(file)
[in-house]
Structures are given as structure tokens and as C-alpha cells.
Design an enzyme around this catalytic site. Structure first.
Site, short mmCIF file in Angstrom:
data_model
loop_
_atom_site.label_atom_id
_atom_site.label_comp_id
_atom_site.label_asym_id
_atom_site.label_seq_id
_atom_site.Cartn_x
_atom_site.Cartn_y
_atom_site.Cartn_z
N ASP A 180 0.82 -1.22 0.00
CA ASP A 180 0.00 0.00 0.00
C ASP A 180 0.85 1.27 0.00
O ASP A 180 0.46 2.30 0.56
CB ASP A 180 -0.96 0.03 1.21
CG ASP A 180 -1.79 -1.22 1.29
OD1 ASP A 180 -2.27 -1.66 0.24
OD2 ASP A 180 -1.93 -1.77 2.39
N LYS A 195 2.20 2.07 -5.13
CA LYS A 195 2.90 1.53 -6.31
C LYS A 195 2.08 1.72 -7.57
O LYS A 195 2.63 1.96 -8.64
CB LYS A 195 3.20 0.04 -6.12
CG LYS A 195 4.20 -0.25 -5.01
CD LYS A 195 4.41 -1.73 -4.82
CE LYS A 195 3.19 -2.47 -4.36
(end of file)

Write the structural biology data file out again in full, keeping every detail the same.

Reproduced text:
[in-house]
Structures are given as structure tokens and as C-alpha cells.
Design an enzyme around this catalytic site. Structure first.
Site, short mmCIF file in Angstrom:
data_model
loop_
_atom_site.label_atom_id
_atom_site.label_comp_id
_atom_site.label_asym_id
_atom_site.label_seq_id
_atom_site.Cartn_x
_atom_site.Cartn_y
_atom_site.Cartn_z
N ASP A 180 0.82 -1.22 0.00
CA ASP A 180 0.00 0.00 0.00
C ASP A 180 0.85 1.27 0.00
O ASP A 180 0.46 2.30 0.56
CB ASP A 180 -0.96 0.03 1.21
CG ASP A 180 -1.79 -1.22 1.29
OD1 ASP A 180 -2.27 -1.66 0.24
OD2 ASP A 180 -1.93 -1.77 2.39
N LYS A 195 2.20 2.07 -5.13
CA LYS A 195 2.90 1.53 -6.31
C LYS A 195 2.08 1.72 -7.57
O LYS A 195 2.63 1.96 -8.64
CB LYS A 195 3.20 0.04 -6.12
CG LYS A 195 4.20 -0.25 -5.01
CD LYS A 195 4.41 -1.73 -4.82
CE LYS A 195 3.19 -2.47 -4.36